No charges for Winnipeg officers in death of man Tasered during 2019 arrest: police watchdog

The Independent Investigation Unit of Manitoba found that Winnipeg police officers were not at fault for the 2019 death of a man who was Tasered while being arrested, became unresponsive shortly after and was later pronounced dead upon arrival to the hospital.

Crown attorneys said evidence did not suggest excessive use of force, cited low likelihood of conviction

The man, 42, was Tasered when he became unco-operative during his arrest in August 2019, according to a report by the Independent Investigation Unit of Manitoba. He later became unresponsive and was taken to hospital, where he was pronounced dead. (Jaison Empson/CBC)

Manitoba's police watchdog says charges won't be pursued against Winnipeg police officers in connection with the 2019 death of a man who was Tasered during his arrest.

The 42-year-old man's death was reported to the Independent Investigation Unit of Manitoba in August of 2019, according to a report released by the police oversight agency on Wednesday.

The IIU report says that shortly after 12:30 a.m. on Aug. 2, 2019, Winnipeg police officers were called about a domestic assault on Consol Avenue, in northeast Winnipeg. Police arrived at a residence shortly before 1 a.m., where they could see an assault happening in the house, according to the IIU report. Officers forced their way inside to help the victim.

When police entered the home, the man committing the assault ran from the house, the report says. Police chased him for about a block before finding him on a front lawn.

The man didn't co-operate during the arrest, police said, so officers used a Taser on him. They then called an ambulance. The man was handcuffed and continued struggling, but eventually became unresponsive.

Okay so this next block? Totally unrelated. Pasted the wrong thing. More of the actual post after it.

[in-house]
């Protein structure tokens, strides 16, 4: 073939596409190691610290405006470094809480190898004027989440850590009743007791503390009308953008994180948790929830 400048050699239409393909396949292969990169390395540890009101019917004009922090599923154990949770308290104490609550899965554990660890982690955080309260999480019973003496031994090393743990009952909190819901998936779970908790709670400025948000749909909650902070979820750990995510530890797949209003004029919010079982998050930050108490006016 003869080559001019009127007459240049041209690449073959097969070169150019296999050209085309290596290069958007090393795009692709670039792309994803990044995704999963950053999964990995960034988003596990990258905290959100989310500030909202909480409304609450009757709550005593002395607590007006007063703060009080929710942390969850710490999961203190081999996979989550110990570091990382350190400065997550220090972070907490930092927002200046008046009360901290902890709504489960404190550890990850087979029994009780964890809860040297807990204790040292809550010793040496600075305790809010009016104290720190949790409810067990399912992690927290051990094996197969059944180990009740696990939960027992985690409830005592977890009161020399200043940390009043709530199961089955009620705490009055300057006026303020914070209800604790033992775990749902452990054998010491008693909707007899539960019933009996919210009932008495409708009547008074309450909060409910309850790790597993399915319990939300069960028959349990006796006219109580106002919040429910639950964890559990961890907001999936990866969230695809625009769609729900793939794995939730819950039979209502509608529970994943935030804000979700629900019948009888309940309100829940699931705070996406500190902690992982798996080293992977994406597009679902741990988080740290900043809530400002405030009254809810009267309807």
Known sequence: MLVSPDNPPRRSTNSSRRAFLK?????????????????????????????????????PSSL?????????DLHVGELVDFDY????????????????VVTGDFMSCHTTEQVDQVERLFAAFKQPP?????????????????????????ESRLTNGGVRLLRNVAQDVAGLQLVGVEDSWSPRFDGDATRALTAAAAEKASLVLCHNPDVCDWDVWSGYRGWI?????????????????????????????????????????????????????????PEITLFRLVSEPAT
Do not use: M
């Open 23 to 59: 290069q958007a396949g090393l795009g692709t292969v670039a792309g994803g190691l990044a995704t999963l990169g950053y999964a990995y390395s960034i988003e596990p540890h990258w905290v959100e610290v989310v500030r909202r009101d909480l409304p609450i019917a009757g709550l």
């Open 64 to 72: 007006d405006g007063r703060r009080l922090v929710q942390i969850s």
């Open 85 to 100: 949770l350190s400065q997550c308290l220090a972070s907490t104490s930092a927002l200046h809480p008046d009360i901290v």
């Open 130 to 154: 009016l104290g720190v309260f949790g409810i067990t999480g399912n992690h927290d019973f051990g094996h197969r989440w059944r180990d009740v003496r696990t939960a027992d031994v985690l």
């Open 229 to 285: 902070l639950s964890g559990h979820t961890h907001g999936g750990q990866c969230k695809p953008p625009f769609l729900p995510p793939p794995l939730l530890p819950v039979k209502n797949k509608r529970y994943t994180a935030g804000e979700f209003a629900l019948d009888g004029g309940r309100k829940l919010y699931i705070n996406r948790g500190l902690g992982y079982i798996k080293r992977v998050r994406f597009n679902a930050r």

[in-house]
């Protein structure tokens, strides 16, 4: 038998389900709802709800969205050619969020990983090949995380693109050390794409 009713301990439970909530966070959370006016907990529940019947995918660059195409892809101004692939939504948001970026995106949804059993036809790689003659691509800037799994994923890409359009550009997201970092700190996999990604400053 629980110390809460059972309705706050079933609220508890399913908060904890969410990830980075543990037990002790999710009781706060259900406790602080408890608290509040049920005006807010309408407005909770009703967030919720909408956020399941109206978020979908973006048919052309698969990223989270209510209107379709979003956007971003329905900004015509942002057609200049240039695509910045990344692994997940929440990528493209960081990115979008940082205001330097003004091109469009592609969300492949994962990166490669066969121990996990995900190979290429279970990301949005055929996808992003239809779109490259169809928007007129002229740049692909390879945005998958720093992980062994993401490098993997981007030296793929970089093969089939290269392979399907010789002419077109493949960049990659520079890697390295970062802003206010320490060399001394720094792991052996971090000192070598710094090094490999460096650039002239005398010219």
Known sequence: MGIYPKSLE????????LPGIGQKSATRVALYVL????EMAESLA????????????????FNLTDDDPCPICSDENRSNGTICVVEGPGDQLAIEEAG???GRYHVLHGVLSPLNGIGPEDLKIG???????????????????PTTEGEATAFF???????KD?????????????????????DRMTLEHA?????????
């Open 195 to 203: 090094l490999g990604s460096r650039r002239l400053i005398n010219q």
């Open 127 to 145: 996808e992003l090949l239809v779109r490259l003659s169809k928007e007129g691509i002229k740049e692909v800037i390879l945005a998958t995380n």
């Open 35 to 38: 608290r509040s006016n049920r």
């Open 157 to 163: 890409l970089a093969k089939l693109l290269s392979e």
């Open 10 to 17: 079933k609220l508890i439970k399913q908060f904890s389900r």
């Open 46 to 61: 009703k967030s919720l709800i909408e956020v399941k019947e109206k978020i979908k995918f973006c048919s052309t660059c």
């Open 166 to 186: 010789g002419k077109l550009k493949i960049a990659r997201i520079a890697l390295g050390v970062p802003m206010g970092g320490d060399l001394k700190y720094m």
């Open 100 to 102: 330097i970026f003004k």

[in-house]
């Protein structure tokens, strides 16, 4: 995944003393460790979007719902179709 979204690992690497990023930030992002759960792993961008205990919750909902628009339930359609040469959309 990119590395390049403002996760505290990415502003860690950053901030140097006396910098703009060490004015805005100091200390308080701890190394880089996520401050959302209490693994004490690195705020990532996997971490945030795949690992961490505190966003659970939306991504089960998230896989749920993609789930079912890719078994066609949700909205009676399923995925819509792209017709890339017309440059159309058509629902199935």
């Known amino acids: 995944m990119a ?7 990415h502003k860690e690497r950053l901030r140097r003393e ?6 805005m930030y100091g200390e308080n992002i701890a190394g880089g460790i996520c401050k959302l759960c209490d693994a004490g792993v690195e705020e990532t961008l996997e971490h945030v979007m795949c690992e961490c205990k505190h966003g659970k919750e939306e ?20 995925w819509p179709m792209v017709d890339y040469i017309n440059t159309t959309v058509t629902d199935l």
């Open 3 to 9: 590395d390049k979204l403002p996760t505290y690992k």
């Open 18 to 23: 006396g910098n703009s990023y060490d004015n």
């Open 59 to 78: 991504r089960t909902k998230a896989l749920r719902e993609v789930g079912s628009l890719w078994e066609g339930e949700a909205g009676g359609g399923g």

Paramedics arrived and rushed the man to St. Boniface Hospital, where he was pronounced dead, the report says.

IIU investigators interviewed five civilian witnesses, including the victim of the domestic assault, and five members of the Winnipeg Fire Paramedic Service. They reviewed video from the Winnipeg Police Service's helicopter and various reports, recordings and notes, including a report on an autopsy of the man, the IIU's report says.

The autopsy report said the cause of the man's death was likely complications from a lack of oxygen to the brain due to an arrhythmia, which stemmed from excited delirium. Olanzapine — an antipsychotic drug used to treat schizophrenia and bipolar disorder — was found in the 42-year-old's system, which may have triggered the arrhythmia, the IIU report says.

The autopsy report said that "physiologic stress of physical struggle and restraint" was also among the "significant conditions that contributed to the death," the IIU's report says.

The pathologist who wrote the autopsy report said any contribution of a Taser to the man's death could not be determined, according to the IIU report.

The unit's civilian director forwarded the investigation files to the Manitoba Prosecution Service for an opinion on whether criminal charges should be authorized against any of the police officers involved.

Prosecutors said that based on the evidence, there was reasonable doubt that excessive use of force occurred.

"Consequently, we are not satisfied that there is a reasonable likelikhood of conviction," prosecutors wrote to the IIU.

The prosecution service "will not authorize any Criminal Code charges" against the officers involved, "as there is no reasonable likelihood of conviction in this matter," the IIU report says.

The unit said as a result, its investigation is now closed.

There will, however, be an inquest into the man's death, as required under Manitoba's Fatality Inquiries Act, which says an inquiry must be held if a person dies in custody of a peace officer.